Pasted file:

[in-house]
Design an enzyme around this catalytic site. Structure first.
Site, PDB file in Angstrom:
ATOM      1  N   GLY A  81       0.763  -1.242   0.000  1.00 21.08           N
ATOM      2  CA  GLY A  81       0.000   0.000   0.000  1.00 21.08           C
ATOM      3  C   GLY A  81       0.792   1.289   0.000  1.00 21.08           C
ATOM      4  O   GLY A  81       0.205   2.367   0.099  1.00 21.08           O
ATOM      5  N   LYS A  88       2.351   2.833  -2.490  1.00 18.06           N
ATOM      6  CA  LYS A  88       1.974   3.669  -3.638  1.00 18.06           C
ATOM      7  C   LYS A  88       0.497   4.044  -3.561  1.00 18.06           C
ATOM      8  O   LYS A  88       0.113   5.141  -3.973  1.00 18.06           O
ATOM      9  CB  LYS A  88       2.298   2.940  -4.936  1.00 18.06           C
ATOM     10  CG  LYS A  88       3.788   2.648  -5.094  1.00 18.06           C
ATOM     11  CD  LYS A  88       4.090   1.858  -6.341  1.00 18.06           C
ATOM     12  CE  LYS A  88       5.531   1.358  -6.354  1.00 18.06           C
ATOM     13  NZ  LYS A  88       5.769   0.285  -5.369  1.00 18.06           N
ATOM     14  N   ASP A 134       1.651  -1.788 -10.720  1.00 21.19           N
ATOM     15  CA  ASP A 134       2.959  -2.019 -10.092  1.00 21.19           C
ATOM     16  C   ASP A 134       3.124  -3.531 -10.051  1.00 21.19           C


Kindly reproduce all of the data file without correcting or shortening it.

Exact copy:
[in-house]
Design an enzyme around this catalytic site. Structure first.
Site, PDB file in Angstrom:
ATOM      1  N   GLY A  81       0.763  -1.242   0.000  1.00 21.08           N
ATOM      2  CA  GLY A  81       0.000   0.000   0.000  1.00 21.08           C
ATOM      3  C   GLY A  81       0.792   1.289   0.000  1.00 21.08           C
ATOM      4  O   GLY A  81       0.205   2.367   0.099  1.00 21.08           O
ATOM      5  N   LYS A  88       2.351   2.833  -2.490  1.00 18.06           N
ATOM      6  CA  LYS A  88       1.974   3.669  -3.638  1.00 18.06           C
ATOM      7  C   LYS A  88       0.497   4.044  -3.561  1.00 18.06           C
ATOM      8  O   LYS A  88       0.113   5.141  -3.973  1.00 18.06           O
ATOM      9  CB  LYS A  88       2.298   2.940  -4.936  1.00 18.06           C
ATOM     10  CG  LYS A  88       3.788   2.648  -5.094  1.00 18.06           C
ATOM     11  CD  LYS A  88       4.090   1.858  -6.341  1.00 18.06           C
ATOM     12  CE  LYS A  88       5.531   1.358  -6.354  1.00 18.06           C
ATOM     13  NZ  LYS A  88       5.769   0.285  -5.369  1.00 18.06           N
ATOM     14  N   ASP A 134       1.651  -1.788 -10.720  1.00 21.19           N
ATOM     15  CA  ASP A 134       2.959  -2.019 -10.092  1.00 21.19           C
ATOM     16  C   ASP A 134       3.124  -3.531 -10.051  1.00 21.19           C